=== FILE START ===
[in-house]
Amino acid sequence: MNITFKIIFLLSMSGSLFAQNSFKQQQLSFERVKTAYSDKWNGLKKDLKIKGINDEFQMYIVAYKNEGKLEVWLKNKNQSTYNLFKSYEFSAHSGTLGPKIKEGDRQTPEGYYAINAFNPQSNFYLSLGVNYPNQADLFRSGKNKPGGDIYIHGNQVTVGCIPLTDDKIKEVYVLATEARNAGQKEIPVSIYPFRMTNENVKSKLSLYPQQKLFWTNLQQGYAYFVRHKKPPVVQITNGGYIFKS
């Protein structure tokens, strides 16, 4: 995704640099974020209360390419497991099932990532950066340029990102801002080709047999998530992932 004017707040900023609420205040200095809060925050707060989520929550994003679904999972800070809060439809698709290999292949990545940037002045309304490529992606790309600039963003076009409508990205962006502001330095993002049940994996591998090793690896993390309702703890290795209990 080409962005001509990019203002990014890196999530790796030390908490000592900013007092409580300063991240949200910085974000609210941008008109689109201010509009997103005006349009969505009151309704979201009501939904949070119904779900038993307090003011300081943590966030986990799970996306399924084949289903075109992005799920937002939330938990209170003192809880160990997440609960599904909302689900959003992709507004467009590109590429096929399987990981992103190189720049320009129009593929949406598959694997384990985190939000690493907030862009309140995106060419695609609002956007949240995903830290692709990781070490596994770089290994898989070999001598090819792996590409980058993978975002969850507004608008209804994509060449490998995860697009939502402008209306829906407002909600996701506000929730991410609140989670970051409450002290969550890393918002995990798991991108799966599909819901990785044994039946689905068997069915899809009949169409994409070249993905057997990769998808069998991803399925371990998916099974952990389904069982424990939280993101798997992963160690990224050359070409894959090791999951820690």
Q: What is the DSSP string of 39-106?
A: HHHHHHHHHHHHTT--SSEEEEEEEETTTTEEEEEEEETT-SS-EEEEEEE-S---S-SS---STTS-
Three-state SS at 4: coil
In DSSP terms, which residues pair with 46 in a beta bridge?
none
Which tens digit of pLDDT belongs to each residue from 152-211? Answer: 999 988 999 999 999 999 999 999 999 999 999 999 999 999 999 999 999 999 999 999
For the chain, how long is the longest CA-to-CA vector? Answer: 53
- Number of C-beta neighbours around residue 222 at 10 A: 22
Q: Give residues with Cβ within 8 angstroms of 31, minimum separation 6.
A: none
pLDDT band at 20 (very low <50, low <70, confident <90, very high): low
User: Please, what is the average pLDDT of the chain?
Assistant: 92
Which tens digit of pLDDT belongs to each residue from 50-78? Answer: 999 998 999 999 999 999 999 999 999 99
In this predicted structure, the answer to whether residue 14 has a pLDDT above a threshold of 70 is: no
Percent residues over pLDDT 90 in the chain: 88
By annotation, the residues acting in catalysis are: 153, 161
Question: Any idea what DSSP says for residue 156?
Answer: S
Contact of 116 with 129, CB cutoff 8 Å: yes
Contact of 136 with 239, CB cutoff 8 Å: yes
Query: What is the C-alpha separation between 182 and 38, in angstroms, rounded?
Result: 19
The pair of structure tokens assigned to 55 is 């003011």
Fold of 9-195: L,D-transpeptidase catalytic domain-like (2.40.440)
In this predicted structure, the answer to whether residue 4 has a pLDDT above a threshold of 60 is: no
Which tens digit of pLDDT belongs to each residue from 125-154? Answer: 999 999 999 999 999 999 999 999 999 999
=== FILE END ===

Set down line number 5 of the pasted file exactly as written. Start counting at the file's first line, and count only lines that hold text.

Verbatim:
A: HHHHHHHHHHHHTT--SSEEEEEEEETTTTEEEEEEEETT-SS-EEEEEEE-S---S-SS---STTS-